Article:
MERINOS that do not need to be surgically mulesed have existed for more than five years in WA and stud breeders and commercial growers are already snapping up their genetics.
For more than two decades, Kojonup woolgrower Robert O¹Halloran has worked quietly behind the scenes with Merino genetics that may settle the controversial surgical mulesing debate forever.
The idea of breeding Merinos with bare breeches has hit head-lines in the past 12 months as scientists across Australia race for a mulesing alternative before the 2010 deadline to ban surgical mulesing.
But breeding Merinos with the genes that trigger wool-free skin around the breech was often considered the least-likely alter-native to be immediately adopted by woolgrowers.
Many in the industry acknow-ledged the principles of bare breech breeding were sound but believed the genetic research involved would extend well beyond the 2010 deadline.
The idea of breeding easy-care Merinos dates back to the early 1970s.
In Mr O¹Halloran¹s case, it also coincided with the emer-gence of the Australian Merino Society (AMS).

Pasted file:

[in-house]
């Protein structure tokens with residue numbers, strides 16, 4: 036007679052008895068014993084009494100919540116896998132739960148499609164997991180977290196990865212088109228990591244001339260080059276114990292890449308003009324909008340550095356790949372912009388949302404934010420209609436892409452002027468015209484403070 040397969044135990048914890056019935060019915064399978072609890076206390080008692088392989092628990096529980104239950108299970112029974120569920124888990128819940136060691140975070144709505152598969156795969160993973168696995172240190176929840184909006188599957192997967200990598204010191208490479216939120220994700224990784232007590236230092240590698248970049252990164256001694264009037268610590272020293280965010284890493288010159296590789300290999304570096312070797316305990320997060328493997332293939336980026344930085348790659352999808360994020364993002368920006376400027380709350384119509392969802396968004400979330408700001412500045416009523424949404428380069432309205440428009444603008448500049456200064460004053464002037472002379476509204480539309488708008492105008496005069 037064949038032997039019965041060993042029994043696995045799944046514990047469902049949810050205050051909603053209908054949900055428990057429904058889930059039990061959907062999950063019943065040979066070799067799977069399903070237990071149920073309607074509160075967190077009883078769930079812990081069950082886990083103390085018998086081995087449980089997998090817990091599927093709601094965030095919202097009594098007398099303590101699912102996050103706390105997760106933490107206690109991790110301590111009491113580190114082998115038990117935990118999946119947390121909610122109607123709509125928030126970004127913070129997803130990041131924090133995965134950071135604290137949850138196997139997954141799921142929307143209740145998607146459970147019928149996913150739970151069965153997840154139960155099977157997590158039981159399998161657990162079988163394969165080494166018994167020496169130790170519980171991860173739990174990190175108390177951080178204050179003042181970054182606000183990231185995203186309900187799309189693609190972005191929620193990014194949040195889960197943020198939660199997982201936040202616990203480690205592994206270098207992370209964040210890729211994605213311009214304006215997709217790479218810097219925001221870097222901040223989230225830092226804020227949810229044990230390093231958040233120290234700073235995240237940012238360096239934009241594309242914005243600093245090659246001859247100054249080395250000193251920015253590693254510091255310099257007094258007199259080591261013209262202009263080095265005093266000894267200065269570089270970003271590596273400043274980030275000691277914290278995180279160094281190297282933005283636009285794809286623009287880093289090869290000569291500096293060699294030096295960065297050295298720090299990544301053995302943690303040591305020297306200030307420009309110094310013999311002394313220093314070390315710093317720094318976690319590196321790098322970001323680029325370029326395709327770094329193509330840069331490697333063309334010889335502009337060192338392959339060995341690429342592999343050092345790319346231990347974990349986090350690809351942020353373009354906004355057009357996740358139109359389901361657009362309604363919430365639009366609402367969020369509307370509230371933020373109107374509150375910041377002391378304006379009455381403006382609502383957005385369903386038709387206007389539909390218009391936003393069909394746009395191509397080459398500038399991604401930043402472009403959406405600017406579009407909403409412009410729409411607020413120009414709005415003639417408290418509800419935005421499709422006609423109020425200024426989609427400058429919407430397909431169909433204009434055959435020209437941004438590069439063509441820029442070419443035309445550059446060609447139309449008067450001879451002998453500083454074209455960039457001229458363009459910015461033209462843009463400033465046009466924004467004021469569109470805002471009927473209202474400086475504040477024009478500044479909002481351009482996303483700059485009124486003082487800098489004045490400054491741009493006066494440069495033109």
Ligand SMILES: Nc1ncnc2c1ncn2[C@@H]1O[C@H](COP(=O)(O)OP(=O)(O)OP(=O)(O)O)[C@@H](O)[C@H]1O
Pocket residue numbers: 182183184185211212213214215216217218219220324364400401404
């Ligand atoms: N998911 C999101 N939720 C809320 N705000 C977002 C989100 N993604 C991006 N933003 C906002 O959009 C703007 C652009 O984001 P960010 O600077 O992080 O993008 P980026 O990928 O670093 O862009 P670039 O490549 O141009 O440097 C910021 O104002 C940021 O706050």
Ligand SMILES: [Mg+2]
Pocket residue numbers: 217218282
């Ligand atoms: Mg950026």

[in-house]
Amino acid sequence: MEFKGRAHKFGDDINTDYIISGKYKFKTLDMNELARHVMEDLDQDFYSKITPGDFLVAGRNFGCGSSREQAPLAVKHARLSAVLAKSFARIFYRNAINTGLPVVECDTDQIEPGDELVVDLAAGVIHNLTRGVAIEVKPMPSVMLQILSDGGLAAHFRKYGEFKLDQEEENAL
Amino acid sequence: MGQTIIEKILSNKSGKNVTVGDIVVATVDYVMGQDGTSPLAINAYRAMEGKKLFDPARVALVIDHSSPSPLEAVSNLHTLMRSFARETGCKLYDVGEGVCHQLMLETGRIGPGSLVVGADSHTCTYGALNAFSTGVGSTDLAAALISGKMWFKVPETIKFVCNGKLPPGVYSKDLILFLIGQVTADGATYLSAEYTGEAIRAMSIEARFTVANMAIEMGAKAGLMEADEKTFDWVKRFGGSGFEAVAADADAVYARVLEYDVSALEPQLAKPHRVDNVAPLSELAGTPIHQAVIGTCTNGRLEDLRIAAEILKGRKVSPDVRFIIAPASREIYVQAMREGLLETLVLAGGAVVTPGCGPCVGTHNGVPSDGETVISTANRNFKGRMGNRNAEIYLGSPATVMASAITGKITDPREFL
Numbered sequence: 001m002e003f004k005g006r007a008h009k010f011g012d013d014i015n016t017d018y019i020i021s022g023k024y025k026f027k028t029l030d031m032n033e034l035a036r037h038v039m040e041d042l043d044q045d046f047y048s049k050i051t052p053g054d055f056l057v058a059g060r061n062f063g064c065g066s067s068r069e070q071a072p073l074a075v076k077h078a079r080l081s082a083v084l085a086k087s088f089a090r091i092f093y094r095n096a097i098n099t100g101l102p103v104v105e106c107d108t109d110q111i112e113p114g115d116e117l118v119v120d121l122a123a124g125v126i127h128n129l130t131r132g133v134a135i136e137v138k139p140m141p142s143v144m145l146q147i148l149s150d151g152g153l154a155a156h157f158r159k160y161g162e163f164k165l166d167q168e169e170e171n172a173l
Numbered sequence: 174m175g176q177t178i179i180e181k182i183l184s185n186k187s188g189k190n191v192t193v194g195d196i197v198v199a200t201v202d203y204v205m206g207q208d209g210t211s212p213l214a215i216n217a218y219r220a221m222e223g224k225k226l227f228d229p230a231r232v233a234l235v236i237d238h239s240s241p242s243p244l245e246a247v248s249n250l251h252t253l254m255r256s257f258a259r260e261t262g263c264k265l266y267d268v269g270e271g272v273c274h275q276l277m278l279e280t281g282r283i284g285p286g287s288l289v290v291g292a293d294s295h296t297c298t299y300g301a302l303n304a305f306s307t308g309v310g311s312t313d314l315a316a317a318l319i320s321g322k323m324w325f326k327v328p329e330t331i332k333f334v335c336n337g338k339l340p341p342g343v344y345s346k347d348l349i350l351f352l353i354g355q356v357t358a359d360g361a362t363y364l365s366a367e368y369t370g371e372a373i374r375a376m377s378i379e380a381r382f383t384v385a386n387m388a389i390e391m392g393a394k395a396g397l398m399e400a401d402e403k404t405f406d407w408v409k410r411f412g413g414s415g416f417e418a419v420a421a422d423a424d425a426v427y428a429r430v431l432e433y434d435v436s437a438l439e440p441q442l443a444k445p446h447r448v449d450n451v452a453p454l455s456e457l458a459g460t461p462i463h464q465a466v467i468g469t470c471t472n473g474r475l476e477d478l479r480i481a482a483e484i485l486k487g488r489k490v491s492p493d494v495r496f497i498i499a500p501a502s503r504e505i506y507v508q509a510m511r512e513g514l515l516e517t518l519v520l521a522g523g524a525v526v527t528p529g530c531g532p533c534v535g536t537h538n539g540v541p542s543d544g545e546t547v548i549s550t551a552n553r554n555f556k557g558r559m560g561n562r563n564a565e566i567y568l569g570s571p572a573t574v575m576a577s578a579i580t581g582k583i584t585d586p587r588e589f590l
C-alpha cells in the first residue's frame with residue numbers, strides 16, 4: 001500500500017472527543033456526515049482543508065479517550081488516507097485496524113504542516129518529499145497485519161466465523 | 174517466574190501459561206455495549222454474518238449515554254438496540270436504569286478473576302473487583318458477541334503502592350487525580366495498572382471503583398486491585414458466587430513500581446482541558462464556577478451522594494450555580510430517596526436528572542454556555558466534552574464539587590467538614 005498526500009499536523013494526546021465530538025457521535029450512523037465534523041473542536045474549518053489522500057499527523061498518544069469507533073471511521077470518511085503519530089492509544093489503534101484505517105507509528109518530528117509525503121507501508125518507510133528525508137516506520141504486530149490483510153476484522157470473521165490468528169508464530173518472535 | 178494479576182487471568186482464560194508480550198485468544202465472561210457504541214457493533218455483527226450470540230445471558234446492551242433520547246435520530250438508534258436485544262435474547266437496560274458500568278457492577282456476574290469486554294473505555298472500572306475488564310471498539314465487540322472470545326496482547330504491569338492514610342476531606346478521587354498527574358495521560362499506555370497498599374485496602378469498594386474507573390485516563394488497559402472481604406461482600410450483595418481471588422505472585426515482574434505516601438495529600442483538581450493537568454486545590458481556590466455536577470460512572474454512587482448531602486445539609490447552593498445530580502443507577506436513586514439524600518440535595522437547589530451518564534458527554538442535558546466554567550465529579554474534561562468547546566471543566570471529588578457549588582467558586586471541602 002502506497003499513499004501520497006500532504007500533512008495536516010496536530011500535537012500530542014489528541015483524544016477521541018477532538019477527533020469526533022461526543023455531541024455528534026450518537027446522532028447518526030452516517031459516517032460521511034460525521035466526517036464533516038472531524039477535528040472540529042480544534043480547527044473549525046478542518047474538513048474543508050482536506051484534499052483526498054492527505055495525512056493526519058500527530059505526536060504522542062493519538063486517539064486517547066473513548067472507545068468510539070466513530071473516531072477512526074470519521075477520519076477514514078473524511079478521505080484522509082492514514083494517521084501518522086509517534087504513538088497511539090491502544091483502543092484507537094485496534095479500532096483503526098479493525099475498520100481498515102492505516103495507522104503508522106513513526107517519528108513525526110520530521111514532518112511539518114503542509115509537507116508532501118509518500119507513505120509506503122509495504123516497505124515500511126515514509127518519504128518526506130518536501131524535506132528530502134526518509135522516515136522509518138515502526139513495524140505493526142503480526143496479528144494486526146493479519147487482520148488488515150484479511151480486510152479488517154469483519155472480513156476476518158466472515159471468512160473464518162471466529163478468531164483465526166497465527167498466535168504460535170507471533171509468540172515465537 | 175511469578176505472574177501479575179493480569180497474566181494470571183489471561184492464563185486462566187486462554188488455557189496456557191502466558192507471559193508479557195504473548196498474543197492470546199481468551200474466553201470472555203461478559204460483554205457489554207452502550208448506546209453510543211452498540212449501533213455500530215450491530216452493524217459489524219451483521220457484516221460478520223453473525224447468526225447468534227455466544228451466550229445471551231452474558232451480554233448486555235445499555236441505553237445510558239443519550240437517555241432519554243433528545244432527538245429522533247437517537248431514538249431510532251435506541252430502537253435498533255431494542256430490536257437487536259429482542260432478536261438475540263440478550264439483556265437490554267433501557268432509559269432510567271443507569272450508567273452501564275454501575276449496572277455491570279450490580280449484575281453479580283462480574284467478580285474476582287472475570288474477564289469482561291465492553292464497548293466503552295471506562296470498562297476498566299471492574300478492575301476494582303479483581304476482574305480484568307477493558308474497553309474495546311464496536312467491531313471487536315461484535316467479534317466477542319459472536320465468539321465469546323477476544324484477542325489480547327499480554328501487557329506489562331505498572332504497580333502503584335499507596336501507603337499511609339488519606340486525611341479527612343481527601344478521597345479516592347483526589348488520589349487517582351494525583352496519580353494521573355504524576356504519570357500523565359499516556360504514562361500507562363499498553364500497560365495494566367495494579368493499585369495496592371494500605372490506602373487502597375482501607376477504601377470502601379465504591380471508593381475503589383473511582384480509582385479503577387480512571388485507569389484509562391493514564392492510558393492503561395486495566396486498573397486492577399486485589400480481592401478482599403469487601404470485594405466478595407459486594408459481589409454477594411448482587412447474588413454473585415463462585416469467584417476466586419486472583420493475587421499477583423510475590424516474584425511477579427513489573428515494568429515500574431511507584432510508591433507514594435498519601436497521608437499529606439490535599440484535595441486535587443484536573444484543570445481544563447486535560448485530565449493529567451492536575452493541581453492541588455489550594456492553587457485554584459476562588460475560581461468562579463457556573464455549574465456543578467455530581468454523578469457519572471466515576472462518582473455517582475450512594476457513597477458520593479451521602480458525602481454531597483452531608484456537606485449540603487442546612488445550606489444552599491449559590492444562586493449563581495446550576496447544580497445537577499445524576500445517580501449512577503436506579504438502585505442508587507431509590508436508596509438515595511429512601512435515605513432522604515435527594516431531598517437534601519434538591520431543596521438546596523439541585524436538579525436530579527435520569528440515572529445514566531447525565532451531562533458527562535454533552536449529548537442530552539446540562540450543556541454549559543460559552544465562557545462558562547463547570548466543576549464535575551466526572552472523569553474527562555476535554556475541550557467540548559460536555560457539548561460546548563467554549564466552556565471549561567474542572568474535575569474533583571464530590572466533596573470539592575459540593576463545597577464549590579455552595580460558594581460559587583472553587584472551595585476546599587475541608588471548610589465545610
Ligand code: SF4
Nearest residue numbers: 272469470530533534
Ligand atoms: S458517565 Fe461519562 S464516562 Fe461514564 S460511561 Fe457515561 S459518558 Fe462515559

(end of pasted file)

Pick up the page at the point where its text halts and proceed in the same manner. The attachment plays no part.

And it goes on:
The AMS principles centred on minimising flock husbandry and maintenance without com-promising the attributes of the Merino.
In the 1980s Mr O¹Halloran also donated ewes to the Boyup Brook-based Rylington Merino grower-owned flock as part of a trial into breeding Merinos for worm resistance.
Two decades later and after a successful breeding program in the Rylington Merino flock, Mr O¹Halloran is using those genetics in his own enterprise.
In 2003, Mr O¹Halloran purchased a Rylington bloodline ram bred for worm resistance and easy-care that also exhibited bare breech traits.
The first easy-care progeny were born on the O¹Halloran¹s property in 2005.
³They¹re not yet showing a full bare breech but they are showing plainer body types and increased growth rates,² Mr O¹Halloran said.
He expected the progeny to show less wool on their points and breech with age.